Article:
Hue Robertson

British Is Best

It’s recently been reported thatClipper Tea are returning to the concept of the British Tea Lady in their latest fully integrated experiential campaign. A ‘Revival Team’ will arrive at offices throughout the UK, serving up a mid morning tea party whilst explaining the benefits of Green Tea.

The Tea lady is an iconic, nostalgic figure of British society-and something tells me this campaign will work simply because of this return to a classic British comfort. On a similar vein is the Mr Kipling brand. In the latest TV advert for Oatibakes, we zoom in to the kitchen of a country house, where we see Mrs Kipling, a typical English house-wife, sat eating breakfast in a kitchen dressed with charming English ornaments. Already we cannot help but to warm towards this familiar scene, and without even seeing the product, the brand has already succeeded in tugging at those British heart strings.

Brands often turn to the strength of British tradition to carry out very successful marketing campaigns; yet doing the opposite often can truly have a negative effect. When Kraft first threatened to take over Cadbury, there was uproar that the endearingly warm tradition of the Cadbury brand would be destroyed and replaced with something far too polished and American. Let’s not forget that since 1824 Cadbury has been English, and fully part of British identity and culture. Perhaps the biggest set-back here is that we Britain’s don’t like change and we’re pretty un-accepting. Especially towards the Americans. Even more especially when chocolate is involved.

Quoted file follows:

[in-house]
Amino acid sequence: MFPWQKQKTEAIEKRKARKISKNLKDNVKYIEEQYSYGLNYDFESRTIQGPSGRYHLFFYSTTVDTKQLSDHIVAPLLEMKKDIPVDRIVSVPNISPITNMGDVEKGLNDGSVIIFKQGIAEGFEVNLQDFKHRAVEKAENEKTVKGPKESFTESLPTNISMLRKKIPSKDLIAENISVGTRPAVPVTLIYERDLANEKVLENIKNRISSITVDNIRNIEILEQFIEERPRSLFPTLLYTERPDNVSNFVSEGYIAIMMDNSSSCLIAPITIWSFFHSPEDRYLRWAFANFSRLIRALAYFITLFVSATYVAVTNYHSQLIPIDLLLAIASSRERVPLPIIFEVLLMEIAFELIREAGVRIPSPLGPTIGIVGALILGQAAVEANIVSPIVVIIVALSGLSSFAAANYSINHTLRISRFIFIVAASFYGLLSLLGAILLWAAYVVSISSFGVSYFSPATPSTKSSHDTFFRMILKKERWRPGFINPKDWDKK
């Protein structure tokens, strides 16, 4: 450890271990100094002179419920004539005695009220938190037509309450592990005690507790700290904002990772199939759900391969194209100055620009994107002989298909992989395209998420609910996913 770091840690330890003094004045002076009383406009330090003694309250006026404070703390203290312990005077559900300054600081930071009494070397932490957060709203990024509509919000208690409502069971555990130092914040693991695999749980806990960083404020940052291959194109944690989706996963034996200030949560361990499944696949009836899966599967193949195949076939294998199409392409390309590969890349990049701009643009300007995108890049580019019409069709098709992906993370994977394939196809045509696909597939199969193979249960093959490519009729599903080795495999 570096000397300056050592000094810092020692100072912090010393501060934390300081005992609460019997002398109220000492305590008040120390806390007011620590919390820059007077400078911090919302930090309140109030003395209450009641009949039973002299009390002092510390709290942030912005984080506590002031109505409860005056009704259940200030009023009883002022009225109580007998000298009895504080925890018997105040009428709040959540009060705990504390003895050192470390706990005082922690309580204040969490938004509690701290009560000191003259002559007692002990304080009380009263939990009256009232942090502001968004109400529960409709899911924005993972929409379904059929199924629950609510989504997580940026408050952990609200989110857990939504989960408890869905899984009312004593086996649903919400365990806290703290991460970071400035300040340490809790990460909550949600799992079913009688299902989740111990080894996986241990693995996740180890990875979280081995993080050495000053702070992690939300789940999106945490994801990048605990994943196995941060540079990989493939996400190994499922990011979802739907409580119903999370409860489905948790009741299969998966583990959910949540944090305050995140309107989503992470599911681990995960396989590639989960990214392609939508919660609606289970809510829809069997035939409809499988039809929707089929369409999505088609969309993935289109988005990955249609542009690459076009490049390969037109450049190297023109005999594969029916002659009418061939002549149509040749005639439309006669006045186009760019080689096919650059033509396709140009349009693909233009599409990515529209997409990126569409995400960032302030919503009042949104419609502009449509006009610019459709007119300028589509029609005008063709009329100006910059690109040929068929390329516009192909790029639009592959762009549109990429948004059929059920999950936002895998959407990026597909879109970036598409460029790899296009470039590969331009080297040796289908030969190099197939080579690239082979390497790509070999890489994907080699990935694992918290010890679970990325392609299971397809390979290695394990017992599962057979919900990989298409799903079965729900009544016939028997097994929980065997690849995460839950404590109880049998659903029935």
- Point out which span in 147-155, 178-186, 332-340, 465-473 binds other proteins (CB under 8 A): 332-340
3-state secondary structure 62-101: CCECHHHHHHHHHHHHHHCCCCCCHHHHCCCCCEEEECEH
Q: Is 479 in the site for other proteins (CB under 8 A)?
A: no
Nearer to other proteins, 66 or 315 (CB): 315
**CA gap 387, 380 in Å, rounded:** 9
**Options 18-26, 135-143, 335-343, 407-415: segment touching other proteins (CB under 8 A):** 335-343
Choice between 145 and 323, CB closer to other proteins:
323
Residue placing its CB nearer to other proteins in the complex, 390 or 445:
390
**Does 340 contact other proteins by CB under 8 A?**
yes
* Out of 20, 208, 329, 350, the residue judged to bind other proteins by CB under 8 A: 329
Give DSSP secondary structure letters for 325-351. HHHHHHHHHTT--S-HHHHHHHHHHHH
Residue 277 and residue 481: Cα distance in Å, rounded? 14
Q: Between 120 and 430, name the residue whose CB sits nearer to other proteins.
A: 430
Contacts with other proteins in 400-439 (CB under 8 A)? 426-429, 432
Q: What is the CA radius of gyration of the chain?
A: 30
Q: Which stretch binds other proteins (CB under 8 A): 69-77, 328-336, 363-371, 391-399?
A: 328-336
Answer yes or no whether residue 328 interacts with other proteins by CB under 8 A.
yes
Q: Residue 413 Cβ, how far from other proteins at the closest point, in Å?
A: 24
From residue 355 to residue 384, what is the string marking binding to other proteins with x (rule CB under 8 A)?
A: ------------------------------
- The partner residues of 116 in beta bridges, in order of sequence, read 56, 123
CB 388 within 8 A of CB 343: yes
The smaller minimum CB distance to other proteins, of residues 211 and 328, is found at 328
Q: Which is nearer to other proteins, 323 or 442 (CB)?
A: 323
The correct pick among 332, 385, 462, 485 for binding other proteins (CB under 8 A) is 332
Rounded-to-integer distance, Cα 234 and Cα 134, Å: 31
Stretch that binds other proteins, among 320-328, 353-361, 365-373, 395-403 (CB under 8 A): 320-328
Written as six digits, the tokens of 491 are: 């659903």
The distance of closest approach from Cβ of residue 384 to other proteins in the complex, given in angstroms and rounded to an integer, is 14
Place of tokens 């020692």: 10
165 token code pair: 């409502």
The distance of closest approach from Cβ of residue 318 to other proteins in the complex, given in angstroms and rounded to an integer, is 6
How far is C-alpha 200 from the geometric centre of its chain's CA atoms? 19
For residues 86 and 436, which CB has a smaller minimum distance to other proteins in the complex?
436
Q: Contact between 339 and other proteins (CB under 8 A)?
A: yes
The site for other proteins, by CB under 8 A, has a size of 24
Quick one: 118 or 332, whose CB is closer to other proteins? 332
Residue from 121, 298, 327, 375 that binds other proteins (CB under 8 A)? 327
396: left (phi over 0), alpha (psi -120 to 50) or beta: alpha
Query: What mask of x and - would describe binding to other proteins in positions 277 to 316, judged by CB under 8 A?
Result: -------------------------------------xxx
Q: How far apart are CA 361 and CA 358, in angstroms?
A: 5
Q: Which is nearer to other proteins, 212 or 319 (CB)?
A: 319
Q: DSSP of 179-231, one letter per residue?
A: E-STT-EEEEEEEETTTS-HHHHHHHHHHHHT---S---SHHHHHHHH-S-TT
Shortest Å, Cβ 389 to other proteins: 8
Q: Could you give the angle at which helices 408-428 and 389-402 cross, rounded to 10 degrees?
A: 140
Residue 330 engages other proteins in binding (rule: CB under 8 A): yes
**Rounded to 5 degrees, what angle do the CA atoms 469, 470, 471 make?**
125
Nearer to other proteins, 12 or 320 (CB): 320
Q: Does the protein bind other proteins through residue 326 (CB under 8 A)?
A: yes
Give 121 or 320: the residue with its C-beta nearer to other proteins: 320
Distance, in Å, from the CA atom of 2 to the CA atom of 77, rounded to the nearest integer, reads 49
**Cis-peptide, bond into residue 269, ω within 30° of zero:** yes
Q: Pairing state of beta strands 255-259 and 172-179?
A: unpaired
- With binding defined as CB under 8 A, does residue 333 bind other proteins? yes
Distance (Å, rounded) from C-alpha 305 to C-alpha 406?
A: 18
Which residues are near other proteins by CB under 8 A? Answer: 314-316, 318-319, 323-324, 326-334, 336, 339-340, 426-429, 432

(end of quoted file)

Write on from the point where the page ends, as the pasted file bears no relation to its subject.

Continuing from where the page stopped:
Just over a year ago, Innocent sold a 30% stake of their business to Coca Cola. So arguably not so innocent anymore and even the best of the British, Man United, are owned by an American businessman- Mr Glazer.

So with this industry in mind,so set on engaging the consumer, let’s be proud of our British heritage and use it to it’s full, glorious advantage. Remember, tradition is always best.

Now someone put that kettle on….

-Stephanie Wollenberg-

  • michael aldridge

    This reminds me of my days at Cunard and the Ritz we had guest history cards for every guest and the card would have details relating to temperature of rooms, newspapers ordered, food eaten (dietary requests) and a specific comments the guests made during there stay. i.e. if they commented on a piece of art work, on their next stay we would endeavour to have this placed in their room. I think the days of this attention to detail are gone. Correct me if I am wrong!! .